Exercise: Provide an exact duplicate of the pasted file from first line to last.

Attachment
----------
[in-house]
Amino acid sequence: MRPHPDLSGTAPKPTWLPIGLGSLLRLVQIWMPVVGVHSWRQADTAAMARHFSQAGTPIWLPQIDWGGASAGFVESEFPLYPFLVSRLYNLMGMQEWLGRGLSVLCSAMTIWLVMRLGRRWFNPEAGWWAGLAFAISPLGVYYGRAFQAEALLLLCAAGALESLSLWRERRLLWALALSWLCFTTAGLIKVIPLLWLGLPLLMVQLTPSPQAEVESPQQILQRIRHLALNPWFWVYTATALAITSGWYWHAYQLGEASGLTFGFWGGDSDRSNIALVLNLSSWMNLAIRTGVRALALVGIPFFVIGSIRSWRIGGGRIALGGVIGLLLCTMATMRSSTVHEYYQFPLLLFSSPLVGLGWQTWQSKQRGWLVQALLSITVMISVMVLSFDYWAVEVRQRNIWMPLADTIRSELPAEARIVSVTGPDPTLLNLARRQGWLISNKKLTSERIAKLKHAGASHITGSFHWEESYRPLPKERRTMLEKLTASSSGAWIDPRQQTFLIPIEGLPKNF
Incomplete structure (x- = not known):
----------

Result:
[in-house]
Amino acid sequence: MRPHPDLSGTAPKPTWLPIGLGSLLRLVQIWMPVVGVHSWRQADTAAMARHFSQAGTPIWLPQIDWGGASAGFVESEFPLYPFLVSRLYNLMGMQEWLGRGLSVLCSAMTIWLVMRLGRRWFNPEAGWWAGLAFAISPLGVYYGRAFQAEALLLLCAAGALESLSLWRERRLLWALALSWLCFTTAGLIKVIPLLWLGLPLLMVQLTPSPQAEVESPQQILQRIRHLALNPWFWVYTATALAITSGWYWHAYQLGEASGLTFGFWGGDSDRSNIALVLNLSSWMNLAIRTGVRALALVGIPFFVIGSIRSWRIGGGRIALGGVIGLLLCTMATMRSSTVHEYYQFPLLLFSSPLVGLGWQTWQSKQRGWLVQALLSITVMISVMVLSFDYWAVEVRQRNIWMPLADTIRSELPAEARIVSVTGPDPTLLNLARRQGWLISNKKLTSERIAKLKHAGASHITGSFHWEESYRPLPKERRTMLEKLTASSSGAWIDPRQQTFLIPIEGLPKNF
Incomplete structure (x- = not known):